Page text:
Suspense and discovery are key moods in a stroll garden, which should not be entirely visible from any point but should hold hidden elements to be discovered around bends, over rises, in the shadows, and behind bushes. This allows the stroller to experience the garden as a series of events, not just a static view–to participate and not simply observe. Alvin Horton explains in Creating Japanese Gardens:

The idea of anticipating and then discovering beauty, detail by detail, is central to the stroll-style garden. Such beauty is often subtle, so its discovery requires a pleasant effort by the stroller.”

The Discovery

What the stroller will discover are your garden’s focal points. Anything sufficiently interesting can be a focal point: a sculpture, a dramatic plant, a group of plants, a section of the garden, or a view of a distant scene. As the garden’s designer, it will be your job to create these focal points.

Instead of trying to fit many focal points into a smaller garden, you can build it around one major element, having that come into and out of view from several well-chosen vantage points along the path. This change of perspective, seeing something from a new side or within a new context, can generate sufficient surprise and mystery to reward strollers.

To capture a viewer’s full attention, allow only one focal point to be visible at a time. Obscure the view until you are ready to reveal it. You can do this with tall plants or a section of fencing, by causing the path to go up or down a hill, or by curving the path.

Curves give the added benefit of making your garden seem larger. The trick is that, to discourage short cuts and make the path feel natural, every curve must have a clear purpose, either turning toward a goal (a bench, a statue, a gate) or curving around an obstacle (a boulder, a shrub, a clump of grass).

The Mind Journey

Messervy suggests that when people view your garden, they “unconsciously take a journey through it in their minds.” To invite meditation, include a comfortable seat or a sturdy surface from which to view each focal point. The vantage point should feel safe; you can achieve this by having walls (of living material or hardscape) at its back and sides to “enfold” the viewer, relaxing the body and releasing the mind to wander.

Unplanned focal points can appear in your garden. A flock of cedar waxwings descends on your highbush cranberry (Viburnum trilobum) and strips it of berries. A rabbit or frog leaps across the path. Dew touches the giant web of a skilled spider. These chance events make strollers more alert and add to their sense of discovery.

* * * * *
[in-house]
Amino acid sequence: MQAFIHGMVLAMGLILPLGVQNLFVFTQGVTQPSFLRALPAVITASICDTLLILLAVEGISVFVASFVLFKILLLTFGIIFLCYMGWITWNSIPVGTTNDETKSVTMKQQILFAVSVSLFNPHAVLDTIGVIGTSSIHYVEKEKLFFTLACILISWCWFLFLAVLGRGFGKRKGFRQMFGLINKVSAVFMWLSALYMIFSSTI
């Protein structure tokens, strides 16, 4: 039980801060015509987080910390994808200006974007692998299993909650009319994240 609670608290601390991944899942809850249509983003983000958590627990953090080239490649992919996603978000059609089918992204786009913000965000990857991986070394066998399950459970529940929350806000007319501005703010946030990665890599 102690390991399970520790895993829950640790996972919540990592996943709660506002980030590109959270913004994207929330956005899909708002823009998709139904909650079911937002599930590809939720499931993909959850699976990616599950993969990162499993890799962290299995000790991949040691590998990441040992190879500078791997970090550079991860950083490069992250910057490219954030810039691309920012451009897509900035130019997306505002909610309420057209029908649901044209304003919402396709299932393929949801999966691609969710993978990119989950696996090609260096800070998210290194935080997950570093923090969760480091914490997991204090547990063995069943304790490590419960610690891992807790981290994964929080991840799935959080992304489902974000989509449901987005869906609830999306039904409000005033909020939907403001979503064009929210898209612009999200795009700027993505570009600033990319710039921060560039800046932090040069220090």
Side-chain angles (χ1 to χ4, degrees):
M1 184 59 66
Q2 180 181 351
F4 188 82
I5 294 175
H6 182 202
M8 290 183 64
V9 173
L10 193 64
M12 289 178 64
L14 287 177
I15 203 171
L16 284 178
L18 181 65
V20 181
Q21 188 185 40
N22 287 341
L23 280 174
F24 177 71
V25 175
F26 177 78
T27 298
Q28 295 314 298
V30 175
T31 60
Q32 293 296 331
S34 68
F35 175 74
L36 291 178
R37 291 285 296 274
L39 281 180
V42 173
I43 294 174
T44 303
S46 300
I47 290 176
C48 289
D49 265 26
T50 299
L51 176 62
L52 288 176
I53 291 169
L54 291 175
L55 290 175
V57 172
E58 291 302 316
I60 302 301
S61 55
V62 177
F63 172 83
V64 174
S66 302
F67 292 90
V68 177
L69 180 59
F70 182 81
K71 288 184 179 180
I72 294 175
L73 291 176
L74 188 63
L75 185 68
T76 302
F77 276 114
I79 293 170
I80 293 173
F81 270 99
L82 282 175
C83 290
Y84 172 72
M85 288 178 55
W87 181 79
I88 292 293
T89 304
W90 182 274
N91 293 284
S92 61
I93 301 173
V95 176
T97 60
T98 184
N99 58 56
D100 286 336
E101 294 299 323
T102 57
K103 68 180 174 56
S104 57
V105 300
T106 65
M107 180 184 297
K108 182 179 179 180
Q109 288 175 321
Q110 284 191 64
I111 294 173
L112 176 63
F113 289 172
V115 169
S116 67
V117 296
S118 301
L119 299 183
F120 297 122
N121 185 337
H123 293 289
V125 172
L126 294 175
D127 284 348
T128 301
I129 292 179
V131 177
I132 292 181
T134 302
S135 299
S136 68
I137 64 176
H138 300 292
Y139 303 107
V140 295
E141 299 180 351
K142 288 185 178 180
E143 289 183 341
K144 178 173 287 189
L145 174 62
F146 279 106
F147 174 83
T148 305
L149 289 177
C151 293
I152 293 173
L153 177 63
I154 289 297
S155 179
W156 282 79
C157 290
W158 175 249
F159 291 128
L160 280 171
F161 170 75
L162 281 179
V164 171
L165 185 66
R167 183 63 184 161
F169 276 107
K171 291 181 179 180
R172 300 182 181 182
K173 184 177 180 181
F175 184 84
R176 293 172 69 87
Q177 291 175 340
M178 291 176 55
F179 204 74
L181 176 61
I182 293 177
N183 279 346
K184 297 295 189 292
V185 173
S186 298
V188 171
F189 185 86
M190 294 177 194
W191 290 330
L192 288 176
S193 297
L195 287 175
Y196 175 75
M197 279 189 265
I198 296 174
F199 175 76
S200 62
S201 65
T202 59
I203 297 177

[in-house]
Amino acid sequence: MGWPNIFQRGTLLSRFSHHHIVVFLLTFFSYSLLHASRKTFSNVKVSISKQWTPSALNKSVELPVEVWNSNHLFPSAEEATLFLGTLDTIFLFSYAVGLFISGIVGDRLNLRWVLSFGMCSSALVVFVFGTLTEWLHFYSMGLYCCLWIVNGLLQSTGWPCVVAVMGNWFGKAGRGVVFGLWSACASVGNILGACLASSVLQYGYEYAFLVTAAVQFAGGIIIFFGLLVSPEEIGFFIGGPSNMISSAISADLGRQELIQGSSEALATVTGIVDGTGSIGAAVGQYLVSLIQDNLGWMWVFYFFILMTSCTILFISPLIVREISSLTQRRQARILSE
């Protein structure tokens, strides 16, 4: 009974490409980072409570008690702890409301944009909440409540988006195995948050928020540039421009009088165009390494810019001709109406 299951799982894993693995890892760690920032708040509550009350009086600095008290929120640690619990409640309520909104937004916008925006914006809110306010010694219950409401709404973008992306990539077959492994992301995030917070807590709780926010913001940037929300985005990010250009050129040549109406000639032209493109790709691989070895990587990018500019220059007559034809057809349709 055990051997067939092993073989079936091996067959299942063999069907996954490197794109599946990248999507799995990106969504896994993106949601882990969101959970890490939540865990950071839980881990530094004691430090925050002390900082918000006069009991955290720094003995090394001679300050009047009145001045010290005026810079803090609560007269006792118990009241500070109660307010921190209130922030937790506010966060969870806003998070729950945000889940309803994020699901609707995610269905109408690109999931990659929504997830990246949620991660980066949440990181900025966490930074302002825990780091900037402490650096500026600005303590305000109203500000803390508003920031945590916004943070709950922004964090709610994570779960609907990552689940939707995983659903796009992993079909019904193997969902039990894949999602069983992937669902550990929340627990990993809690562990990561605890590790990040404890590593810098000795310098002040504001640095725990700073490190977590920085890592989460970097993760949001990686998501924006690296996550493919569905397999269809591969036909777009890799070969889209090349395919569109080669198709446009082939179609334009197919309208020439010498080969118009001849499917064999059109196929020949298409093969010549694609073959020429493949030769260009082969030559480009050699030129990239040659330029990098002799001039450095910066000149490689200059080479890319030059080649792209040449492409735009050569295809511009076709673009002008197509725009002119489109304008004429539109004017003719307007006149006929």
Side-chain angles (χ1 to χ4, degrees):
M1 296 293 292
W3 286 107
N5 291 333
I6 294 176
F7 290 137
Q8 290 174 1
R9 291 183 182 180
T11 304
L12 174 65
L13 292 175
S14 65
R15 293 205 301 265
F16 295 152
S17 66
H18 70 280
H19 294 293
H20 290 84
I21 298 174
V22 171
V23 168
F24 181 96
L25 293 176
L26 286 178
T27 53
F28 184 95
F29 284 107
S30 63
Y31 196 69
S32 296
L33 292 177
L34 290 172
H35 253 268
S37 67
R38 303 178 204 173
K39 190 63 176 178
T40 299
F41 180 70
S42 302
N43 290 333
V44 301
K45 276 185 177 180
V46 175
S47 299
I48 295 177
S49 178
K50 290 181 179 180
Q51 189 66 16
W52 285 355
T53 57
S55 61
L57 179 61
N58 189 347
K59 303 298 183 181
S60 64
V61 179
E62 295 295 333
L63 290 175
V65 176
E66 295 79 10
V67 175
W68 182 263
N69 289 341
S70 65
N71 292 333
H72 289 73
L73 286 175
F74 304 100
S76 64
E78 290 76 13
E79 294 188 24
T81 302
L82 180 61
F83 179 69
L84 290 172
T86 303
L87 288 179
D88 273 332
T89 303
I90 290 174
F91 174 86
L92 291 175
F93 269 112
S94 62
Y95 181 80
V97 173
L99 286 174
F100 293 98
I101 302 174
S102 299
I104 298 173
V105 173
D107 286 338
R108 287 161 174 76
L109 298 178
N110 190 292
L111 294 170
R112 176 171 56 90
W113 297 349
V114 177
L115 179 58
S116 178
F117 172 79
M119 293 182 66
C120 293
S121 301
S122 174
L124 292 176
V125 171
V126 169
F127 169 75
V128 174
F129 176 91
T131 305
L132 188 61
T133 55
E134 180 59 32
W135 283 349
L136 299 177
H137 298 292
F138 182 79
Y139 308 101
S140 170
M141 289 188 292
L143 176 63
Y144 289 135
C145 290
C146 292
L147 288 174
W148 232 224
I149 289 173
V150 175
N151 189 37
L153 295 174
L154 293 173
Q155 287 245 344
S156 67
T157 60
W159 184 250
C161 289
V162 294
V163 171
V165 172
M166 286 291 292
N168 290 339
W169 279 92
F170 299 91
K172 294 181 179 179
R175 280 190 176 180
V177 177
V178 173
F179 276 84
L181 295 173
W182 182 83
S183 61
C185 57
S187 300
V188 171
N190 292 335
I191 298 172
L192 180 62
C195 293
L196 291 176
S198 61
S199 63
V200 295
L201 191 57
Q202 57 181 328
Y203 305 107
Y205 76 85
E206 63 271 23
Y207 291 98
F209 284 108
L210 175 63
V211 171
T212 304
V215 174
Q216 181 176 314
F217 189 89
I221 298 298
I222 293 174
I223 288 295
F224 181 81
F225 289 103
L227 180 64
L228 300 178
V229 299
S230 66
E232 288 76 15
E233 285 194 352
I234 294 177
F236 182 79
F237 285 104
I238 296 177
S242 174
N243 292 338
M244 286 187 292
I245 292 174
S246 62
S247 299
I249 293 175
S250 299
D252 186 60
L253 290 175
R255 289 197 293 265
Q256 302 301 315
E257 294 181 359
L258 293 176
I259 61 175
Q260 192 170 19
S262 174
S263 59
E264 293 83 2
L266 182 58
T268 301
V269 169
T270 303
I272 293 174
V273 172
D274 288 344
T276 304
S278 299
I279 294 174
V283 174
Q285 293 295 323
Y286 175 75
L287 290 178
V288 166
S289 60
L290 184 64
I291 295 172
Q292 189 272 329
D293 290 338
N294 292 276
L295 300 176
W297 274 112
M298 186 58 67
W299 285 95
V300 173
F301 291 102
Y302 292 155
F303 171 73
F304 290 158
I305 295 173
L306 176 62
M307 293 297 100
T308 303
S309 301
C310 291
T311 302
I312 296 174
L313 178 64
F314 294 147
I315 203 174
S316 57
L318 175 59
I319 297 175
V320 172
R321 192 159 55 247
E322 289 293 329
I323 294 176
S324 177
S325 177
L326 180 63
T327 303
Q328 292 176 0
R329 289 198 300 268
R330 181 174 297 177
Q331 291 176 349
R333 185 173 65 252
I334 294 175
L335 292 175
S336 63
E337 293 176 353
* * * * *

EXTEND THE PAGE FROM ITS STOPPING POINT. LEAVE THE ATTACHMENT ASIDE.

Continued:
The Road Traveled

Your choice and placement of path materials will significantly affect a stroller’s experience.

With stepping stones, you can influence the speed with which strollers progress and the attention they pay to their feet, and therefore indirectly the attention that remains to give their surroundings. Small stones with rough surfaces set farther apart will keep people’s eyes on the path. Place larger stones where you want them to pause, look up, and appreciate the view.

Wide, clear paths foster a slow pace and constant observation of the garden, while narrow or overgrown paths increase the stroller’s speed. Widen your path at viewing areas to allow strollers to notice your focal point.

Changing your path material can signal a change in the mood or character of the garden. In fact, if you do change your path significantly and the garden doesn’t follow through on the promise, your visitors may be subtly disappointed.

One well-designed urban park in Saint Paul, Minnesota, includes two paths that deliver contrasting experiences. Around the edges of the park, the country path of crushed gravel meanders under trees footed by wildflowers, then crosses a brook on stepping stones. The city path, wider and laid with rows of brick, flows past benches and open paved areas in the park’s center. Using well-chosen path materials, the park offers two distinct journeys within the same city block.

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7 Secrets for a High-Yield Vegetable Garden

Imagine harvesting nearly half a ton of tasty, beautiful, organically grown vegetables from a 15-by-20-foot plot, 100 pounds of tomatoes from just 100 square feet (a 4-by-25-foot bed), or 20 pounds of carrots from just 24 square feet.

Yields like these are easier to achieve than you may think. The secret to superproductive gardening is taking the time now to plan strategies that will work for your garden. Here are seven high-yield strategies gleaned from gardeners who have learned to make the most of their garden space.

1. Build up your soil.

Expert gardeners agree that building up the soil is the single most important factor in pumping up yields. A deep, organically rich soil encourages the growth of healthy, extensive roots that are able to reach more nutrients and water. The result: extra-lush, extra-productive growth above ground.

The fastest way to get that deep layer of fertile soil is to make raised beds. Raised beds yield up to four times more than the same amount of space planted in rows. That’s due not only to their loose, fertile soil but also to efficient spacing—by using less space for paths, you have more room to grow plants.

Raised beds save you time, too. One researcher tracked the time it took to plant and maintain a 30-by-30-foot garden planted in beds, and found that he needed to spend just 27 hours in the garden from mid-May to mid-October. Yet he was able to harvest 1,900 pounds of fresh vegetables—that’s a year’s supply of food for three people from about 3 total days of work!

How do raised beds save so much time? Plants grow close enough together to shade out competing weeds, so you spend less time weeding. The close spacing also makes watering and harvesting more efficient.

2. Round out your beds.